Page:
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15.07.2020 | Letter to the Editor | Ausgabe 3/2021 Open Access

Journal of Clinical Monitoring and Computing 3/2021

Conductive heating mattress leads to ECG changes that mimic pacemaker spikes

Journal of Clinical Monitoring and Computing > Ausgabe 3/2021
A. Bräuer, R. Franke, A. von Hammerstein-Equord
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Hypothermia is a common perioperative complication that increases morbidity of the patients [ 1]. Therefore, guidelines all over the world recommend active warming therapy. Forced-air warming is the most important method for perioperative warming, but in many guidelines conductive warming methods are recommended as another form of active warming therapy [ 2]. Although the efficacy of active warming with conductive warming methods is still debated [ 35] it is used quite often.
We have made an observation with the use of an electrical heating mattress that may confuse users. In this case a patient undergoing Video Assisted Thoracic Surgery (VATS) in the lateral decubitus position was actively warmed from underneath using a UniqueTemp° Jelly blanket (Geratherm Medical AG, Geschwenda, Germany) and both legs were warmed by two leg blankets (UniqueTemp° Geratherm Medical AG, Geschwenda, Germany) after positioning on the operating table.
During surgery the ECG monitoring suddenly showed spikes that looked like spikes from an implanted pacemaker.
These spikes had no correlation to the QRS complex and the pattern looked like an ECG of a patient with pacemaker dysfunction, although the patient did not have an implanted pacemaker. When turning off the heating mattress the spikes disappeared (Fig.  1) and returned after turning on the heating mattress again.
It seems that these spikes were caused by interference of the electrically driven conductive heating blankets with the ECG. The warming system uses carbon-fibers that are heated with a maximum of 35.5 V direct current by a control unit. These current-carrying carbon fibers or the control unit can generate an electromagnetic field that may have caused these artefacts. The artefacts may be falsely interpreted as pacemaker dysfunction in a patient that has a pacemaker implanted.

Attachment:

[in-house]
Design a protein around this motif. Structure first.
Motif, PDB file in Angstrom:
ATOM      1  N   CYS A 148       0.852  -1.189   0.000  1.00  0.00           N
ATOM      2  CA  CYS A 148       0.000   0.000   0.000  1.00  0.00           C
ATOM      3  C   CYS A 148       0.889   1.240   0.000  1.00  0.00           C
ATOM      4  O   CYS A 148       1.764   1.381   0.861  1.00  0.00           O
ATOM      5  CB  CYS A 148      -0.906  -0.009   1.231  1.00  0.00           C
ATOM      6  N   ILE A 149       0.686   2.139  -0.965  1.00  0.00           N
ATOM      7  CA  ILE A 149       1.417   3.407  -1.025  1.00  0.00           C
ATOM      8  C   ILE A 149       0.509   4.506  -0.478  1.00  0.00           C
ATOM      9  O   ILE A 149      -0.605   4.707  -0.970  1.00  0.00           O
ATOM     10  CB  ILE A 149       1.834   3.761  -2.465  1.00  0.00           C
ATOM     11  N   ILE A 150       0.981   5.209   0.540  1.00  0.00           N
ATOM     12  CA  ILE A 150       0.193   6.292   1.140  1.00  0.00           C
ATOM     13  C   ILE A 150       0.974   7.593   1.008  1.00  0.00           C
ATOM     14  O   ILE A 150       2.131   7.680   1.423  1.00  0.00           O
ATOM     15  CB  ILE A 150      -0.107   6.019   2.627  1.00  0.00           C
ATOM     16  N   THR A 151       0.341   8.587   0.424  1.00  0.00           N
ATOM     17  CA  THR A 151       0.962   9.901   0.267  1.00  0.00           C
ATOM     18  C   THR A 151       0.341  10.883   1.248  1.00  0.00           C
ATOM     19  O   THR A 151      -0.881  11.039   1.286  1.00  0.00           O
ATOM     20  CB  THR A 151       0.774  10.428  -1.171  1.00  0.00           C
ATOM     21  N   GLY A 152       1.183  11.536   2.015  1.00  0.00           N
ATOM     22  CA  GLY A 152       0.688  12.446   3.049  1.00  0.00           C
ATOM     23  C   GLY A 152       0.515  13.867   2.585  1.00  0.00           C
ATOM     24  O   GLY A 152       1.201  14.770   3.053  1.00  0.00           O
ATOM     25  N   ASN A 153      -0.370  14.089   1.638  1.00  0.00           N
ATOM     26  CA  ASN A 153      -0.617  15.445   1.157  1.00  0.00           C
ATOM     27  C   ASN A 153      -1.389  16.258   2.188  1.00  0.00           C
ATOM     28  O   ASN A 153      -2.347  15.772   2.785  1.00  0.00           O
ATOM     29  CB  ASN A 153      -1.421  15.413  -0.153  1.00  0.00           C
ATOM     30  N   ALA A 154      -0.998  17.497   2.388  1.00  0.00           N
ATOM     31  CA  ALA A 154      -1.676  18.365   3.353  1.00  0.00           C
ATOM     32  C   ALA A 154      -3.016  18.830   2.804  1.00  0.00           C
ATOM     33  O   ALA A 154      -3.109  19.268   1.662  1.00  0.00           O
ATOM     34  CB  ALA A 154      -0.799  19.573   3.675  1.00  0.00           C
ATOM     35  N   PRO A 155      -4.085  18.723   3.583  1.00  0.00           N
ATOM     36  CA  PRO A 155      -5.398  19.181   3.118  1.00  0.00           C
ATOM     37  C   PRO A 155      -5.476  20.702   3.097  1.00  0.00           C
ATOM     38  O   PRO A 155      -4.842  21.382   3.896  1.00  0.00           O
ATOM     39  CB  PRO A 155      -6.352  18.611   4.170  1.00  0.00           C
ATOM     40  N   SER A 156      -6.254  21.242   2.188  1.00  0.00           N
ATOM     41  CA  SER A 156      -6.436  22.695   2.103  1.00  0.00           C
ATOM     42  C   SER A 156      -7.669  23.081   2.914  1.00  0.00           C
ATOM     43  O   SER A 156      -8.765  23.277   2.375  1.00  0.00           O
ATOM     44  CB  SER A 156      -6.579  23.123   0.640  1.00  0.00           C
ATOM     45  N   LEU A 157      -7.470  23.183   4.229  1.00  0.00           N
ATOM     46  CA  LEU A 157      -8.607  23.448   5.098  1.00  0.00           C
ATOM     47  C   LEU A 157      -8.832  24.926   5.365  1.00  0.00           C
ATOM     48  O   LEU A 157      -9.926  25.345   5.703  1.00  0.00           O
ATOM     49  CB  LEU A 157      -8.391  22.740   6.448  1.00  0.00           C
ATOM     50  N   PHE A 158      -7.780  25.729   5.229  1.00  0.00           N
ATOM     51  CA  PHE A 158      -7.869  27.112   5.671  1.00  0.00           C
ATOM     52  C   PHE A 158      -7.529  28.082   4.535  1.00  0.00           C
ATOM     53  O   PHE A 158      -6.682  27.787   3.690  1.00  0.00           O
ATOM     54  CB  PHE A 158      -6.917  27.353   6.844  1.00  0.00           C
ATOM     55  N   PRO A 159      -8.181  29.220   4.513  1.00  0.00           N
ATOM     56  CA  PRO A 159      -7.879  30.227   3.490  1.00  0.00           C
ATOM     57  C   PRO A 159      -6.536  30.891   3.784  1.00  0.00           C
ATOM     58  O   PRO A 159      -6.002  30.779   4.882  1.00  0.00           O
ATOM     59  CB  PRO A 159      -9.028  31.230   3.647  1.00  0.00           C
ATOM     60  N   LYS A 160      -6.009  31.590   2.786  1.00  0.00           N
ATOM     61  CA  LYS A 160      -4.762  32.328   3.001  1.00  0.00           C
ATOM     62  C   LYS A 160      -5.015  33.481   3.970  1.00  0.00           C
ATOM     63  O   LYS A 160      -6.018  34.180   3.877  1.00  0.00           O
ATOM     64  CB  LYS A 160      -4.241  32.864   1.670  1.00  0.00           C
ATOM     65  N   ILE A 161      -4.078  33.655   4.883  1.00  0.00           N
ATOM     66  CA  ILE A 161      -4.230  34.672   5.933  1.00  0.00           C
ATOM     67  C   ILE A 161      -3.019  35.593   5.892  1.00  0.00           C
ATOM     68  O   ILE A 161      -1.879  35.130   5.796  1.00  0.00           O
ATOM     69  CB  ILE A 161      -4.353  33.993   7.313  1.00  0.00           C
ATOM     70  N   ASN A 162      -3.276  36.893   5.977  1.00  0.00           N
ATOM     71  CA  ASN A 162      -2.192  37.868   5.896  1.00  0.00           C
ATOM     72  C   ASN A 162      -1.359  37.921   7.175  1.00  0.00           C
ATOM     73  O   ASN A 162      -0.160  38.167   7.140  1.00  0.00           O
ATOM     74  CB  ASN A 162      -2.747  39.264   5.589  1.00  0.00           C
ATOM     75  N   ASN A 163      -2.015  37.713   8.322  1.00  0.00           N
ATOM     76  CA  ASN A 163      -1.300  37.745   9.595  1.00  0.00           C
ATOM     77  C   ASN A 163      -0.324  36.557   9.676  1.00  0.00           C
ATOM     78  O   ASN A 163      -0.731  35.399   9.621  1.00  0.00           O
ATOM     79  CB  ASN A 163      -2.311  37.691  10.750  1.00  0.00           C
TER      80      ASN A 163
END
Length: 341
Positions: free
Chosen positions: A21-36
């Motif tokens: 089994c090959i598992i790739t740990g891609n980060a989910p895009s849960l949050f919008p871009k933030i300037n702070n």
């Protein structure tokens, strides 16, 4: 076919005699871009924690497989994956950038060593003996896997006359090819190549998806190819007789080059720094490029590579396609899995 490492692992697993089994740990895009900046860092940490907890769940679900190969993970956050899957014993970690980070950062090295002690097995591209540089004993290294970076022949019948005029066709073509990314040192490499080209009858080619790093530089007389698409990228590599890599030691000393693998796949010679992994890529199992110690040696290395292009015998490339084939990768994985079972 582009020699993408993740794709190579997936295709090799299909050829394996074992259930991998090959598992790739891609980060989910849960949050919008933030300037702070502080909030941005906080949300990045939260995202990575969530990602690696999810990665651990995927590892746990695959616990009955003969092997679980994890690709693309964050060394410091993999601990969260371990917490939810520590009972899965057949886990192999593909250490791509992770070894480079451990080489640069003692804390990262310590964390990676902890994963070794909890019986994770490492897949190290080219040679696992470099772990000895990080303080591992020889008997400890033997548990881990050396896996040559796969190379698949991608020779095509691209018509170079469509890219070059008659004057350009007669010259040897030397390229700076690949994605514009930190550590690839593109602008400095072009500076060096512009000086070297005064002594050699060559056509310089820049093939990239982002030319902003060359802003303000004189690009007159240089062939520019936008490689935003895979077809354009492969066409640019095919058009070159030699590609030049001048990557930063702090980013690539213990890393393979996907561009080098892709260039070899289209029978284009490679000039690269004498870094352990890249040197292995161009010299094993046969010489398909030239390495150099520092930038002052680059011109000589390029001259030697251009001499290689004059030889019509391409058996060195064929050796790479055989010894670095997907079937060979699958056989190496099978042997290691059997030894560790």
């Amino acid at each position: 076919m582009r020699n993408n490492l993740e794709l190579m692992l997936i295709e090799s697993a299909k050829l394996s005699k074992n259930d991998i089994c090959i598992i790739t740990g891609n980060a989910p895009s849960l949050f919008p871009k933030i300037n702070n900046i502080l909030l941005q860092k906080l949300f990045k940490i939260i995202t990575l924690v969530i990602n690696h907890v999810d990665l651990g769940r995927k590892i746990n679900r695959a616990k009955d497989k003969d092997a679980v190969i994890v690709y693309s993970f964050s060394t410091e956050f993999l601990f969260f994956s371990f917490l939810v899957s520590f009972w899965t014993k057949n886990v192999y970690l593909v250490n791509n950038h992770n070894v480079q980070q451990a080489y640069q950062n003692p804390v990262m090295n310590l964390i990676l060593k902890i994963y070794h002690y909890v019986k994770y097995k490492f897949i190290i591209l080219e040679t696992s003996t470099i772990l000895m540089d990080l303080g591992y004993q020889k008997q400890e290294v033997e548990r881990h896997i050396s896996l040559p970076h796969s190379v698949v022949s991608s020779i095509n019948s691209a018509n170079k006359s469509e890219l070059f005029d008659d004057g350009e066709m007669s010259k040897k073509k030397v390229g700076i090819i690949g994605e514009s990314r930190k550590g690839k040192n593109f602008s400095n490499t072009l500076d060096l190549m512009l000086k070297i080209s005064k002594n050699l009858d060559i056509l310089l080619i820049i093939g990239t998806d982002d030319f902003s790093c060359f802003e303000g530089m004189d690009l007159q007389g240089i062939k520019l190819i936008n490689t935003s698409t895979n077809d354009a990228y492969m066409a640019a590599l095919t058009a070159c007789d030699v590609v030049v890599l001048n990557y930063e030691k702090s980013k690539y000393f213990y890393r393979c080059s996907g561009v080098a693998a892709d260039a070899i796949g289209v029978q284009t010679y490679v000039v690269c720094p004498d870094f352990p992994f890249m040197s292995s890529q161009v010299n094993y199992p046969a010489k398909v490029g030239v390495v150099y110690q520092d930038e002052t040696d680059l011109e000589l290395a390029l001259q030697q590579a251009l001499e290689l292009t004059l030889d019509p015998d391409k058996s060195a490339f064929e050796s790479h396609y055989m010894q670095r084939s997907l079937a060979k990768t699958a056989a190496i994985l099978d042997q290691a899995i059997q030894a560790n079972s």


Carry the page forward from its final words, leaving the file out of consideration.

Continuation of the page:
The device was controlled after use and no technical problems could be detected. The manufacturer claims that the device meets the requirements of Council Directive 93/42 EEC of 14.06.93 on Medical Devices and of the standard DIN EN 60601-1 (Medical electrical equipment, Part 1: General requirements for safety), DIN EN 60601-1-2 (Medical electrical equipment Part 1–2: General requirements for safety—Collateral standard: Electromagnetic compatibility—Requirements and Tests), DIN EN 12470-4 and DIN EN 60601-2-35 (Medical electrical equipment, Part 2: Particular requirements for the safety of blankets, pads and mattresses intended for the warming of patients in medical use) and that a DIN EN ISO 13485 certified quality management system ensures that these requirements are met and entitles the manufacturer to use the CE 0118 label.
In the instruction manual the manufacturer states “Do not place the control unit directly on top of ECG or EEG equipment. Otherwise, faults may arise, e.g. the devices may produce false readings.” However, we placed the control unit on an IV pole far away from the monitoring equipment. The monitoring system (Philips IntelliVue MX500, Philips Medizin Systeme Boeblingen GmbH, Boeblingen Germany) is mounted on the ceiling and had no direct or indirect contact to the control unit and or the heating mattress.
In our view users of the system should be aware of the possibility that an electrical heating mattresses can cause artifacts that look like pacemaker spikes even if all safety precautions given by the manufacturer are take into consideration.


Open Access funding provided by Projekt DEAL.

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Conflict of interest

Prof. Dr. A. Bräuer is a member of the advisory board of 3M Europe and has received payments from 3M Germany, 3M Europe, 3M Asia Pacific Pte Ltd. for consultancy work. R. Franke and A. von Hammerstein-Equord had loaned a UniqueTemp° Jelly blanket and the two UniqueTemp° leg blankets from Geratherm Medical AG, Geschwenda, Germany for a study.
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